Not terribly helpful: MIT's Edgerton Center (http://web.mit.edu/edgerton/Corridor-Lab/feynman-sprinkler.html)
Much better: University of Maryland Physics (http://www.physics.umd.edu/deptinfo/facilities/lecdem/d3-21.htm)
Also good: http://www.wiskit.com/marilyn/sprinkler.html

douglips
01-17-2000, 03:44 AM
Grrr - blew it.
Hansel has the direction correct, but the reason for the direction wrong, and the effect is much smaller than in the normal sprinkler mode.
The final result is that it will spin in the opposite direction to the normal sprinkler mode, but much slower.

Bricker
01-17-2000, 04:03 AM
The MIT link claims if you do the experiment, it won't move.

The U of M link claims it will move forward.

Apparently they are both describing their actual experimental results.

NOW, I am well and truly baffled. This is clearly confounding the great minds of our time.

- Rick

Zor
01-17-2000, 07:53 AM
Hmm... I still can't believe I actually registered myself just so I could post this. I guess even my ego can have a field trip some days. Anyway, below is a simple argument as to why, under ideal circumstances, the S-shaped tube will stay still while it sucks in fluids.

Key Concept: Conservation of Linear Momentum

First, let's examine the case of your everyday lawn sprinkler. Just for sake of reference, let's place the S-shaped tube on a Cartesian plane with your standard x-y coordinates. Now since the system has symmetry, let's cut of the lower part of the S-shape tube, so we now have a C-shaped tube, with water entering from it's lower leg. Furthermore, we'll also assume the C-shape tube is a half circle.

1): When water enters the C-shaped tube perpendicular to the x-y plane, it has no momentum in the x nor y direction.

2): When water exits the C-shaped tube from the top, it now has momentum in the +x direction.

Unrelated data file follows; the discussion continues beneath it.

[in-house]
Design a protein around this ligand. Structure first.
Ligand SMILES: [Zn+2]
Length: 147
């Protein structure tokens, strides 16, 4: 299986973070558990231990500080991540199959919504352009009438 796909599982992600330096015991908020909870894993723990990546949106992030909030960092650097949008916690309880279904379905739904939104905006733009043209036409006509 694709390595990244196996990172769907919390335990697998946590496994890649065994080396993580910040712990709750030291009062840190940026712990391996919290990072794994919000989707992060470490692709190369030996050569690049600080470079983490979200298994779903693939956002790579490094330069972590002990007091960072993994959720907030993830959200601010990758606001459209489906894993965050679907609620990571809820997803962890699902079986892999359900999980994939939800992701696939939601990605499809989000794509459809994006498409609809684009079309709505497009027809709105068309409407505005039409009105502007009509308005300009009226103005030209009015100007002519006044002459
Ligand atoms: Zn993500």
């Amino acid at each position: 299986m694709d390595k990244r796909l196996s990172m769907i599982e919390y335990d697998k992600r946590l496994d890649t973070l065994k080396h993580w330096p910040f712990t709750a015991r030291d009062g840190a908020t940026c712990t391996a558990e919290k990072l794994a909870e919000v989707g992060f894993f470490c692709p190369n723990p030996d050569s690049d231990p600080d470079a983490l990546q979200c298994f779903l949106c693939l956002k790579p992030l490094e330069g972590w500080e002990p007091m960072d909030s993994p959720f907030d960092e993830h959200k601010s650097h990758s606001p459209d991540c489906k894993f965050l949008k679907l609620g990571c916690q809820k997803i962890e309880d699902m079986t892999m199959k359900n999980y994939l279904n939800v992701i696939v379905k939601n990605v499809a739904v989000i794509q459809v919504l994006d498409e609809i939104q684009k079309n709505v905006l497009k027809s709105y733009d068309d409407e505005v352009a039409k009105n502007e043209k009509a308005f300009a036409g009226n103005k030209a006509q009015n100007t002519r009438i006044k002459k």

3): Net change in linear momentum is +x.

4): Since linear momentum of the system has to be conserved, the +x gained by the exiting water must be provided by a corresponding -x of the tube itself. This means the tube will spin counterclockwise.

Now with the above in mind, we can tackle Feynman's problem with ease.

1): When water is just beginning to get sucked in, it has no momentum in the x nor y direction.

2): When the water leaves the tube, it leaves perpendicular to the x-y plane. It therefore has no momentum in the x or y direction either.

3): Net change in linear momentum is 0.

4): No momentum change necessary for the tube, no movement for the tube.

I'd like to stress that any number of real life factors and imperfections in experimental technique and or equipment can throw the final result off. For example, the entrance and exit for the C-shaped tube must be perfectly parallel. You can probably see that even a slight discrepancy will force the tube to provide momentum in the y direction, thus inducing a net torque that turns the tube. Toss in local variations in pressure and the initial momentum of the fluid, it would be hard to perform this experiment with anything except your mind. I believe the reason why the freshmen physics project found the suction sprinkler to turn in reverse is due to such factors. The fact that they reported the suction sprinkler didn't work with air tends to confirm this suspicion (not enough momentum change to overcome friction due to the low mass of air).

The principal still stands however :)

Mr Thin Skin
01-17-2000, 09:15 AM